Logan Avalanche Advisory

Forecaster: Toby Weed


Danger by aspect and elevation on slopes approaching 35° or steeper.
(click HERE for tomorrow's danger rating)

Danger Rose Tutorial

There is a level 1 or Low danger on most slopes in the backcountry around Logan, and avalanches are generally unlikely. There are, however, still a few pockets with a level 2 or Moderate danger, and heightened avalanche conditions persist in recently drifted terrain where you might trigger stiff wind slabs on very steep exposed slopes. Wet and dry loose snow avalanches are also possible on very steep slopes with saturated surface snow or loose recrystallized powder. These will be manageable for the most part, but could cause a problem on slopes with a long sustained pitch or on those above terrain traps. Use normal caution and continue following safe travel protocols, but evaluate the snow and terrain carefully, especially on very steep slopes in drifted areas or big terrain.


You'll find wind or sun-crusts on many exposed slopes, but nice recrystallized powder stashes are hidden in sheltered shady terrain and can still be found at all elevations. Most of the popular riding areas are fairly well tracked up and you can take your sled almost anywhere you want... We're teaming up with folks from Campbell Scientific and the USU Climate Research Center for an expedition to Logan Peak today in hopes of fixing communications with the weather station at 9700'.... The Tony Grove Snotel at 8400' reports a balmy 27 degrees this morning and no new snow. There's 75 inches of total snow at the site containing 152% of average water for the date.


We've received reports of a few loose wet slides in the Mountains near Provo and Salt Lake City from midday yesterday..

Locally, it's been quiet avalanche-wise, and no new avalanches have been reported for the last week or so... On Wednesday afternoon my partner triggered and was pushed a little ways by a shallow hard wind slab that was pasted on the steep wall of our exit gully. The 2" to 10" deep and around 25' wide hard slab stayed intact and only slid a couple feet before coming to an abrupt stop. The dense, freshly drifted slab had formed on top of weak frost or surface hoar at fairly low elevations, around 6500' in the Southern Wellsvillles....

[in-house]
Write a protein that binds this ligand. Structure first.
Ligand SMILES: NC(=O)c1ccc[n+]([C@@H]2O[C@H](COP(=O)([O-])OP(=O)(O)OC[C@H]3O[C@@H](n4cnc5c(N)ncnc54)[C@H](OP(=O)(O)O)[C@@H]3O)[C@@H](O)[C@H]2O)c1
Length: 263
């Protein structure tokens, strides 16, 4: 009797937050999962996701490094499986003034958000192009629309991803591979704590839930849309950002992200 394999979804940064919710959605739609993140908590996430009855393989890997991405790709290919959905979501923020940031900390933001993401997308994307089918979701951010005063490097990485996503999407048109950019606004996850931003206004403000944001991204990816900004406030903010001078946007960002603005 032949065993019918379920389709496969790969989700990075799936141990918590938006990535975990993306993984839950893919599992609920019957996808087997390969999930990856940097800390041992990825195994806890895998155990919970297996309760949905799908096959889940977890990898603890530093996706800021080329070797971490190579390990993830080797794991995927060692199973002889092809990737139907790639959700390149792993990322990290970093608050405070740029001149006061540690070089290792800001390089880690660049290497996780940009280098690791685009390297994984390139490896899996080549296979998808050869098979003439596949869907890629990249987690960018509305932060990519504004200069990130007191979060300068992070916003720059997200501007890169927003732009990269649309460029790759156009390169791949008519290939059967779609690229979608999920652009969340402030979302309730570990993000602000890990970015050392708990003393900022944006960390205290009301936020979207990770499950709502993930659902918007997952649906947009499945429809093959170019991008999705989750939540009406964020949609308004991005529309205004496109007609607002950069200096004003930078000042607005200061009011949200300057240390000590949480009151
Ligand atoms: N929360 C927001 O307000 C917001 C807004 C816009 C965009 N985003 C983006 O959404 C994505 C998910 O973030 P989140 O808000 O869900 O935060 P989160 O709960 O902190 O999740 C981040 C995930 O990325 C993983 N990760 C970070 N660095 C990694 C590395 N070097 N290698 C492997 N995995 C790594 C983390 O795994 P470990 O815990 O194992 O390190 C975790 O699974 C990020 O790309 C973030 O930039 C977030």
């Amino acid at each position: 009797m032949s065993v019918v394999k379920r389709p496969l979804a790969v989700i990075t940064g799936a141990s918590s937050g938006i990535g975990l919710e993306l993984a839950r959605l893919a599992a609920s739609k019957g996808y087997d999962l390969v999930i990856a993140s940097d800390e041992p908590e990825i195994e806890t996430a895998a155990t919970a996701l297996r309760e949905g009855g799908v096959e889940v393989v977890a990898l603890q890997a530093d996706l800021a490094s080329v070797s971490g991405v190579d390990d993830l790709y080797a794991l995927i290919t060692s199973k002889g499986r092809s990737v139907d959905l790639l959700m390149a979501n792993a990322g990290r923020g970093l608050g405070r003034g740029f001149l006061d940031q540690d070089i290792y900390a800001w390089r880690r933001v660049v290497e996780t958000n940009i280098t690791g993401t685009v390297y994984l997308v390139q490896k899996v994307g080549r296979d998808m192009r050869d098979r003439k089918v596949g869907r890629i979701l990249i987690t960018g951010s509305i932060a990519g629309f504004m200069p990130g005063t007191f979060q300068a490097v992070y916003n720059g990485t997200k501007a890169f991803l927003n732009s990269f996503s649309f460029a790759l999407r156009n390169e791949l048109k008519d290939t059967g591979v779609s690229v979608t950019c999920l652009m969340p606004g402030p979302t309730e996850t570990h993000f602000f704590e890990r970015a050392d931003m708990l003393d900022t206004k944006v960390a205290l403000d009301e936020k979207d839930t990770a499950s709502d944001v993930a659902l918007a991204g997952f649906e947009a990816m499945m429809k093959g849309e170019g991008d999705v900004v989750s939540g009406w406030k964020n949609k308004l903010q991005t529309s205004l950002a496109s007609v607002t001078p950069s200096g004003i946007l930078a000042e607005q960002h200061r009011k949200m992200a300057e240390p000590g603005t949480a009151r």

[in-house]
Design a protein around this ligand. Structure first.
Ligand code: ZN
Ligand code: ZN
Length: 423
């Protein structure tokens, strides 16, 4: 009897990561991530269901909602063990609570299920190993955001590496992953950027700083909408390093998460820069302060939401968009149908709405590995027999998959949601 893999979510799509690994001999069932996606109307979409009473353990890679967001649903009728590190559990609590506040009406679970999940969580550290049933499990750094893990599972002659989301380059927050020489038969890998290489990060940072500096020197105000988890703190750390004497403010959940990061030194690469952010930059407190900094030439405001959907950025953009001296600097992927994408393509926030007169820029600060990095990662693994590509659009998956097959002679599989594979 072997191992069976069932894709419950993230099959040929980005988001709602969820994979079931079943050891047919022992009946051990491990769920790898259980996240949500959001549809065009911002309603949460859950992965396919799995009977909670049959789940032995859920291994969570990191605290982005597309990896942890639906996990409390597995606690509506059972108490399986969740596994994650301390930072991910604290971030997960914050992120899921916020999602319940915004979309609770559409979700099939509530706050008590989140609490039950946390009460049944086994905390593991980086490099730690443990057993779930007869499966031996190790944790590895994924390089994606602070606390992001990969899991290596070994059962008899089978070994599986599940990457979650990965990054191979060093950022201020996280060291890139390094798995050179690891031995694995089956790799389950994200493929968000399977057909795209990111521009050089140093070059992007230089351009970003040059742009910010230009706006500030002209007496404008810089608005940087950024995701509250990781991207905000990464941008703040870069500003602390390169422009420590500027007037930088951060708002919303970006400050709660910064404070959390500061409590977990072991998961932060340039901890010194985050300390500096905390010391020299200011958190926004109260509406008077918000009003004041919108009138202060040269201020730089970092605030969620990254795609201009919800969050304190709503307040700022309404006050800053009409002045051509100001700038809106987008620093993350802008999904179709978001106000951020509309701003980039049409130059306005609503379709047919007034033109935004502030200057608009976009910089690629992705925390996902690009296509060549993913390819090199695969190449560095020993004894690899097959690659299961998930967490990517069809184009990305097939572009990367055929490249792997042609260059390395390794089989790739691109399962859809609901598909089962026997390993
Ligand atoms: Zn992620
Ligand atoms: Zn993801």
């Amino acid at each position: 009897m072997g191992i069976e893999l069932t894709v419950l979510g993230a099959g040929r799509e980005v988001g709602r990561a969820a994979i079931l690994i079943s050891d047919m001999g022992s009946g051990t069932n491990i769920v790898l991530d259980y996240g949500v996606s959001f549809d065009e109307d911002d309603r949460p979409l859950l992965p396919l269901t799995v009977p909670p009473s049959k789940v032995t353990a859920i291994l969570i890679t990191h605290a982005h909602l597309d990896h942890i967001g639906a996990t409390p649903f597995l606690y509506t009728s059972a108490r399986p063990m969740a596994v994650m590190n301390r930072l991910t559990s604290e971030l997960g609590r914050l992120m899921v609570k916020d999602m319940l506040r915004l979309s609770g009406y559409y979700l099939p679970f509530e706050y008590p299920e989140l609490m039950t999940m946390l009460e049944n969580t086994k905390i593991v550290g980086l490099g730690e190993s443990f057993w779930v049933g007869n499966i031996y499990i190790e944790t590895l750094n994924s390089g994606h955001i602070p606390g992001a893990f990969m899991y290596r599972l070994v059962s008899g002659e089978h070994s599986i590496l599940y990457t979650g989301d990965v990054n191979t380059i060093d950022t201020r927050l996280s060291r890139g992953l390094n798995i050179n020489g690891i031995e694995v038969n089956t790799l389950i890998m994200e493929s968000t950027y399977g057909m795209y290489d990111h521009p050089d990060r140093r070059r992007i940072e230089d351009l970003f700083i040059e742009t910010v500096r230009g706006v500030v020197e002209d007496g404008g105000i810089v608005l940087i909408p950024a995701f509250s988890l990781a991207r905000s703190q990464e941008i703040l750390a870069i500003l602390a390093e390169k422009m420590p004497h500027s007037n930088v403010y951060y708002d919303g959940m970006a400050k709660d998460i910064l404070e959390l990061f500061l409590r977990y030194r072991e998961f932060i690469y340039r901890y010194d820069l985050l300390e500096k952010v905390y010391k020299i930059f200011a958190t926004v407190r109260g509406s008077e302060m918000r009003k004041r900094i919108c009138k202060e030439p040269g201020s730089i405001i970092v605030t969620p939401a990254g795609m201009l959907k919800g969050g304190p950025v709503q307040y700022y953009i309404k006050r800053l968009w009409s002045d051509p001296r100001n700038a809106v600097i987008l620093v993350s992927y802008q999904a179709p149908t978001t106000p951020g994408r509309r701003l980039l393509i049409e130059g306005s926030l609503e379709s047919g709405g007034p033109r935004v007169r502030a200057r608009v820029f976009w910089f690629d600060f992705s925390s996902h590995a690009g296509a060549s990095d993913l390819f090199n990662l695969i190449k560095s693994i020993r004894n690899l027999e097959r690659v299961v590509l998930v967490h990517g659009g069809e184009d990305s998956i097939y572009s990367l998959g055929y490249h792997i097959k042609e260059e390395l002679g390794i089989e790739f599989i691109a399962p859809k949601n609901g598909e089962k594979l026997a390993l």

Over the next 24 hours.

Mid-week west winds drifted the recrystallized surface snow into lee slope starting zones and deceleration/deposition areas. Stiff, shallow wind slab avalanches are possible in exposed terrain, and in some areas drifts built up on weak surface snow consisting of frost or surface hoar, which was widely reported across the region. Watch for and avoid stiff drifts or wind slabs near ridge lines and in and around terrain features like gullies, cliff-bands, and sub-ridges. You might trigger hard wind slab avalanches up to a foot or so deep on very steep drifted slopes. Slabs are likely to be fairly stubborn and might wait for you to get well out on them before releasing. Be particularly wary above trees or other potential terrain traps like rocks or abrupt benches....


      Over the next 8 hours.

Loose wet avalanches or sluffs are possible on steep slopes where the surface snow becomes saturated. We've had a few reports of natural loose slides in the mountains to our south, and a few of these are also possible in the Logan Area as mountain temperatures climb to around freezing today.... Loose dry sluffs are gradually becoming bigger as the surface snow continues to lose strength in shady terrain... Both wet and dry sluffs are manageable for the most part, but could certainly be a problem if you're hit from above. Make sure no one is below you when you commit to a slope, and be especially wary of steep slopes where you could be washed into a terrain trap like a gully, sink hole, or trees below.


Expect fog and smog in Cache Valley, with slightly warmer conditions and increasing clouds in the mountains today. Temperatures should crest around freezing. Clouds will increase tonight into tomorrow. Expect some snow to fly tomorrow afternoon, and a quick-hitting and cold, but not so moist storm will mix the soup out of the Cache and bring a good chance for a few inches of snow to the mountains late tomorrow night, with potential snowfall lasting through Sunday morning. Another chance for some mountain snowfall will come around the middle part of next week.


You can view a photo summary of last year's avalanche activity in the Logan Area HERE

I will be update this advisory in the mornings on Monday, Wednesday, Friday, and Saturday, and on other days if backcountry avalanche conditions warrant...

Send us your avalanche and snow observations. You can also call me at 435-757-7578, or email to uac@utahavalanchecenter.org

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This advisory is from the U.S.D.A. Forest Service, which is solely responsible for its content. This advisory describes general avalanche conditions and local variations always occur.

This information does not apply to developed ski areas or highways where avalanche control is normally done.  This advisory is from the U.S.D.A. Forest Service, which is solely responsible for its content. This advisory describes general avalanche conditions and local variations always occur.

This advisory provided by the USDA Forest Service, in partnership with:

The Friends of the Utah Avalanche Center, Utah Division of State Parks and Recreation, Utah Division of Emergency Management, Salt Lake County, Salt Lake Unified Fire Authority and the friends of the La Sal Avalanche Center. See our Sponsors Page for a complete list.